Duduzane Zuma has had his trial for culpable homicide postponed on Thursday, as the court ended proceedings for the next few weeks. All parties will return to Randburg on 20 June for the closing arguments.
It’s likely that the son of former President Jacob Zuma will sleep a little easier tonight, as well. Thursday saw testimony from both a credible eyewitness and vehicle accident specialist, which both aided the defence of Duduzane Zuma. Given that he could face jail time on these current charges, this was just the ticket for the businessman.
Defence present their arguments for Duduzane Zuma
Kondrad Lotter is a reconstruction expert, and he spoke in favour of Duduzane’s version of events when the defence presented their case. He suggested that Zuma was doing no more than 87 – 89km/h on the night his Porsche slammed into the back of a taxi, killing a young woman and injuring three other people.
This is consistent with the speed Zuma Jnr has previously claimed he was doing (90 – 100km/h) on that fateful night. He has insisted he was well under the speed limit, given the treacherous weather conditions.
- Lotter also established “both vehicles were doing less than the speed limit”.
- He bolstered Duduzane’s claims that the Porsche had aqua-planed, saying it was a “plausible” explanation.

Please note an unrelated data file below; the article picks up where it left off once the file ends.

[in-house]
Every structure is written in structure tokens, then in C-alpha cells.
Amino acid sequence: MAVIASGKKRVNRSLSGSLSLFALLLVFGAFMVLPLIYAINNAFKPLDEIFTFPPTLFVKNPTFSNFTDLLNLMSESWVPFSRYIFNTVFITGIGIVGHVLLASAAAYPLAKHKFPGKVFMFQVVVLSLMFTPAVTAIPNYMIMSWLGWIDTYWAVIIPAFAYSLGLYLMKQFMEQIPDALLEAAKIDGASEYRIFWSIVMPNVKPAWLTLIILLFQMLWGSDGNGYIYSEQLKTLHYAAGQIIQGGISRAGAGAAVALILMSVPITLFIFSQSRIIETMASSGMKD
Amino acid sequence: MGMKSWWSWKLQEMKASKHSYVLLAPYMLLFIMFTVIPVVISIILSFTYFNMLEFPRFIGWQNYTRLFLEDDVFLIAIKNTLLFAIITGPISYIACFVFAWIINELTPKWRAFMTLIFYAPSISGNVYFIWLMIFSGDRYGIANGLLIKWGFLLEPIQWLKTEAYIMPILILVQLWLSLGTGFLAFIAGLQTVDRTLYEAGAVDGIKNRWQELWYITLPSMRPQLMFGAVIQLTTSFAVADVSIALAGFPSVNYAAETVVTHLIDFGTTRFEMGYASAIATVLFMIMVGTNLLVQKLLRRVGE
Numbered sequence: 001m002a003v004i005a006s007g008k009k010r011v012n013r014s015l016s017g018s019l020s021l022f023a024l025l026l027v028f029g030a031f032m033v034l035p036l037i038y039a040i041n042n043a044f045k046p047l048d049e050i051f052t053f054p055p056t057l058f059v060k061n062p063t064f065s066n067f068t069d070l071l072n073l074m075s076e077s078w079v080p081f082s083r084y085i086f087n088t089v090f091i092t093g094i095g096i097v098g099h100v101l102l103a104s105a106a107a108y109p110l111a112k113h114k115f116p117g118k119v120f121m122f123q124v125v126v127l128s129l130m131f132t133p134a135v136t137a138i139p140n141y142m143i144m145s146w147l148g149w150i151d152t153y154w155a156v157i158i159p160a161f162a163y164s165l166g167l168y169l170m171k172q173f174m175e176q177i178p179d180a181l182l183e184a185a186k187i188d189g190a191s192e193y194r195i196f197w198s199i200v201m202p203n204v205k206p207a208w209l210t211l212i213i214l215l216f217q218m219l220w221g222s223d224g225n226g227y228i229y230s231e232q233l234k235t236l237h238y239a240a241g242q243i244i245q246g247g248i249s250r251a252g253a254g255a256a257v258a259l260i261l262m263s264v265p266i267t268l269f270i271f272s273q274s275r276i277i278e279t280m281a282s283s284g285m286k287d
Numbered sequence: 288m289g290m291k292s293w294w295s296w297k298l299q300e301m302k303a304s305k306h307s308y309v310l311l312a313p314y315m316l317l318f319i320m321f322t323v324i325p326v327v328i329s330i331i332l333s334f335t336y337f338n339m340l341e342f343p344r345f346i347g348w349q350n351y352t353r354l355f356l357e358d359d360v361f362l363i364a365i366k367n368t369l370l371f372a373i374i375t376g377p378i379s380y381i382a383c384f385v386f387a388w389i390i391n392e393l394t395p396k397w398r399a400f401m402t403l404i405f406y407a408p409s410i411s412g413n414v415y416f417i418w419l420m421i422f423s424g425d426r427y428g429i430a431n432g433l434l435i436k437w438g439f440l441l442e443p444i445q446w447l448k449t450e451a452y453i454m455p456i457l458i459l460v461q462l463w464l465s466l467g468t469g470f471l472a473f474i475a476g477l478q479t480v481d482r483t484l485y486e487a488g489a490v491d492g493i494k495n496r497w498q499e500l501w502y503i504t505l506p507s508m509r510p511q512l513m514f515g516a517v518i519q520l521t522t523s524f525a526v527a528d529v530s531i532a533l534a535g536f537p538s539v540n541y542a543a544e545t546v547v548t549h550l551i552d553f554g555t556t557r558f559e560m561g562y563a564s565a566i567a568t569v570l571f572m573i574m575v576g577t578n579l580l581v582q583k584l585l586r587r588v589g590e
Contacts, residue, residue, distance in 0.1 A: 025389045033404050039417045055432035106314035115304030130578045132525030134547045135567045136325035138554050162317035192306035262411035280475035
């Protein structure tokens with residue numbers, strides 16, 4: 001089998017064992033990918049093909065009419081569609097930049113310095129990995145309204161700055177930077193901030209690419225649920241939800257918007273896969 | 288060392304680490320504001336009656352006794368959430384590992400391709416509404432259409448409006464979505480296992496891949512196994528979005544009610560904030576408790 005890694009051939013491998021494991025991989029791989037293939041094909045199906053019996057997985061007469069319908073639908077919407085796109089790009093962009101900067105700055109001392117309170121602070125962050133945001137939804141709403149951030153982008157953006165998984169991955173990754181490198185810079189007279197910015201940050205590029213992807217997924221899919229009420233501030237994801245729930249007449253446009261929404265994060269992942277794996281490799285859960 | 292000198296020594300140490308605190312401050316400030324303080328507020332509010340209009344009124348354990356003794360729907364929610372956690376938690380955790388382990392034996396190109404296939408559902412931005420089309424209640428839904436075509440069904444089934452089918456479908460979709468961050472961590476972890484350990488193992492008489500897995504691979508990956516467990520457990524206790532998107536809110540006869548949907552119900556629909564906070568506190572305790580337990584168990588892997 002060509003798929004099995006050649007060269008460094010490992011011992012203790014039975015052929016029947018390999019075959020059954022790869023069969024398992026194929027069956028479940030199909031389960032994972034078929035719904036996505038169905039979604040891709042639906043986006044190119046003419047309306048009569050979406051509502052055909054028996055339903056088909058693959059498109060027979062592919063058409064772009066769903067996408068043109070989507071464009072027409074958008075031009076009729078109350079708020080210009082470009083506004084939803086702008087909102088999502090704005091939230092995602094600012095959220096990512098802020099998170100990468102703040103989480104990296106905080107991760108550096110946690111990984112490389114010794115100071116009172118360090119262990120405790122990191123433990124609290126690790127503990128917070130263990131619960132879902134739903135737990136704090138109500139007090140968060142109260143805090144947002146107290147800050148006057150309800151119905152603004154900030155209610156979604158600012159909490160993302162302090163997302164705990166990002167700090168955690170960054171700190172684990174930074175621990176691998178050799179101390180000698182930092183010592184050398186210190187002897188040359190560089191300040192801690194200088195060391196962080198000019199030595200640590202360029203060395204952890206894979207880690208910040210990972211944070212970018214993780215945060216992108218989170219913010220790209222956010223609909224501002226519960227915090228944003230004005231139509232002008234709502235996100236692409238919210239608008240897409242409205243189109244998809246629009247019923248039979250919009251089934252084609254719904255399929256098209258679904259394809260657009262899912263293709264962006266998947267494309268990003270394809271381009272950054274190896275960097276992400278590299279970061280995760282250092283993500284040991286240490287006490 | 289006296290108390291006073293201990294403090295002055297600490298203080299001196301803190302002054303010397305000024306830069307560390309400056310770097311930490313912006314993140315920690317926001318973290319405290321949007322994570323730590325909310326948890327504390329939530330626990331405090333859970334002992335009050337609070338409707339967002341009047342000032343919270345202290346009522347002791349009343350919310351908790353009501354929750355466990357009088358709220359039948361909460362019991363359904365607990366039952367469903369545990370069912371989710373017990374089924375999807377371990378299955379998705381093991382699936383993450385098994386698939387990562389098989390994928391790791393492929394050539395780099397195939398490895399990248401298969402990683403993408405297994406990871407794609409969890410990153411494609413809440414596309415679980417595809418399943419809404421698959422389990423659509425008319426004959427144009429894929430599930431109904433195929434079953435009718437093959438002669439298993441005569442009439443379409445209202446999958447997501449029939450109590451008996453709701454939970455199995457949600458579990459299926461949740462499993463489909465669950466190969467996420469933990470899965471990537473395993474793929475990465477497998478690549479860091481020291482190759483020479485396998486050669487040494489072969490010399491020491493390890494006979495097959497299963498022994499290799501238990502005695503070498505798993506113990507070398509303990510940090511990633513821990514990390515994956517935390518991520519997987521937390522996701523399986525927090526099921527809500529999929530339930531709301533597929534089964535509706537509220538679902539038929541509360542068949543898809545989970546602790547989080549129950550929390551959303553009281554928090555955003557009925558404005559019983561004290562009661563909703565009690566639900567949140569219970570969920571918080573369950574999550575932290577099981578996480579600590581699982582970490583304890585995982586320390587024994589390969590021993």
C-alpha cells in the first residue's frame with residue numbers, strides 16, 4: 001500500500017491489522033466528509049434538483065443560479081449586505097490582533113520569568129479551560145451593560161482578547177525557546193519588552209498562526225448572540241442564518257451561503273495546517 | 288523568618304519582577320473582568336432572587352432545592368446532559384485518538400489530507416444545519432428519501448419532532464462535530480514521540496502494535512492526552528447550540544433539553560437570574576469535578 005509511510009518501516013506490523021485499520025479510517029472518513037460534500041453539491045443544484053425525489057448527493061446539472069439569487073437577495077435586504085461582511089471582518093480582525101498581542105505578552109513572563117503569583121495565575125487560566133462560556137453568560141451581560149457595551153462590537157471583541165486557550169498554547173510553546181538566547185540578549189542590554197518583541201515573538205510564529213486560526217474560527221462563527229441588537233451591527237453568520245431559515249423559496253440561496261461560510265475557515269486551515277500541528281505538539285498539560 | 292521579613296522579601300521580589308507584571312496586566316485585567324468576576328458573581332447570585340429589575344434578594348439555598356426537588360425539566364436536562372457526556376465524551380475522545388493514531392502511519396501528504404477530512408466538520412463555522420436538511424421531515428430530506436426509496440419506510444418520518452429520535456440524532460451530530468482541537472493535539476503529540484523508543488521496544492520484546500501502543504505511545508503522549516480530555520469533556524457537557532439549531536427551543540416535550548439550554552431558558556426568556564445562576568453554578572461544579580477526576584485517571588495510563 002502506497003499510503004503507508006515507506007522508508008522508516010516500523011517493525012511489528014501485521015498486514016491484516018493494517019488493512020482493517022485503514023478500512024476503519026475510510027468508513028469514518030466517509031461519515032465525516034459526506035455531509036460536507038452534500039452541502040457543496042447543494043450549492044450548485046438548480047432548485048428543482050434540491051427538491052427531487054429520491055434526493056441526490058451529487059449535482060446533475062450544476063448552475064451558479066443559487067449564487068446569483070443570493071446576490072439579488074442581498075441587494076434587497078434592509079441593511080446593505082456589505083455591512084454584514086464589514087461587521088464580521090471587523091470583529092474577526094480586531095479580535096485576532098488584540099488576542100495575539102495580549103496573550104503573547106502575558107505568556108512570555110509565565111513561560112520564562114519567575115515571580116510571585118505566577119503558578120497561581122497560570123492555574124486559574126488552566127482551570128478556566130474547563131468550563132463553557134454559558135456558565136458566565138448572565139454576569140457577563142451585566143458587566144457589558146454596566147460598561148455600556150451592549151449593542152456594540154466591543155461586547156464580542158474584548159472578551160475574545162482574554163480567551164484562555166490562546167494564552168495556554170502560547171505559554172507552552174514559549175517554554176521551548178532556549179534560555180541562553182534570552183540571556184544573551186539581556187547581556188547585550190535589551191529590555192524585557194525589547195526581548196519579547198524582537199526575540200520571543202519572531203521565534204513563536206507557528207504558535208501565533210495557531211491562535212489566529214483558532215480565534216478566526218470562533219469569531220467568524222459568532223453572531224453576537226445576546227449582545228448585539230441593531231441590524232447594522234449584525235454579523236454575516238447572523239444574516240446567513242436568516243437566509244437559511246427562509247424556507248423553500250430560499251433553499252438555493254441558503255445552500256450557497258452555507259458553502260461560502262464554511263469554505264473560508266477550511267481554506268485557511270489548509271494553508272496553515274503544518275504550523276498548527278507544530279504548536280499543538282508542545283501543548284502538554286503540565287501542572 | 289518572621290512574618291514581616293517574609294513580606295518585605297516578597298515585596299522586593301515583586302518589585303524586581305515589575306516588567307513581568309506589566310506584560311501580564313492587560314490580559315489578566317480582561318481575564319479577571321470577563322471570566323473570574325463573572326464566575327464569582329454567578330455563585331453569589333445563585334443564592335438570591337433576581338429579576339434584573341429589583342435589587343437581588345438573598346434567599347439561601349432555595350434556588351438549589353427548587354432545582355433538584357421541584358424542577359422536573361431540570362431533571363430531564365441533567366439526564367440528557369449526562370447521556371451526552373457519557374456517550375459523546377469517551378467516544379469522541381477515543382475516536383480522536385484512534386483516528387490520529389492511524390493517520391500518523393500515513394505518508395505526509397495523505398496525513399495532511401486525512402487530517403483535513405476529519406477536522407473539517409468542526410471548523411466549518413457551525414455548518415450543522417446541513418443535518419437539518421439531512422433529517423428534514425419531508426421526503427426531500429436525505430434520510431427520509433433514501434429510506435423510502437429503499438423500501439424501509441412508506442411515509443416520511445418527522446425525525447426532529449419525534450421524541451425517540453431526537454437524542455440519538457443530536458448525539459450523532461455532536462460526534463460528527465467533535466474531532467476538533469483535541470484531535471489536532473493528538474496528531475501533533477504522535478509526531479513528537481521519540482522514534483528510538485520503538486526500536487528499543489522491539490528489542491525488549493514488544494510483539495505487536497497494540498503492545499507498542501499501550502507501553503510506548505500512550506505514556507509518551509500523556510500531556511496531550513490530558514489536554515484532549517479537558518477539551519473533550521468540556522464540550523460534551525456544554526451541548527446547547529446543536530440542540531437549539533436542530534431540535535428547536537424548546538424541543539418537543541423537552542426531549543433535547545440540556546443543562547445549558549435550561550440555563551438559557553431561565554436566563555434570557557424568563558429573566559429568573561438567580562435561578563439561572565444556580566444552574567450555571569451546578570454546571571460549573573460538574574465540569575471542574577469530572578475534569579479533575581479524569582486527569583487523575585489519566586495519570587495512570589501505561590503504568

- The expert confirmed the weather was partially at fault for the incident.
Eyewitness offers Zuma Jnr “a lifeline”
After Lotter had been cross-examined, eyewitness Michael Jankelowitz was asked to share his version of events. He says he saw the accident happen as he drove alongside the vehicles, but denied that speeding or “reckless driving” was a factor that caused this fatal collision.
“Traffic was slow because of the rain. The speed [of Duduzane’s car] was not excessive at all in my opinion. I had time to see the number plate. It was not flying past me. A few days later to my shock I heard on 702 about the accident. I called in because they were exaggerating. They said the Porsche was racing “
Duduzane Zuma trial latest: What happens next?
Jankelowitz was then grilled about why he contacted the attorneys for Duduzane Zuma, rather than the state with this information. The witness maintained that he was just looking to “tell the truth to the right people”.
Upon the resumption of the case next month, it will be the prosecution’s turn. They will attempt to discredit this version of events and bring their own experts in to try and secure a conviction against Duduzane, more than five years after the crash occurred.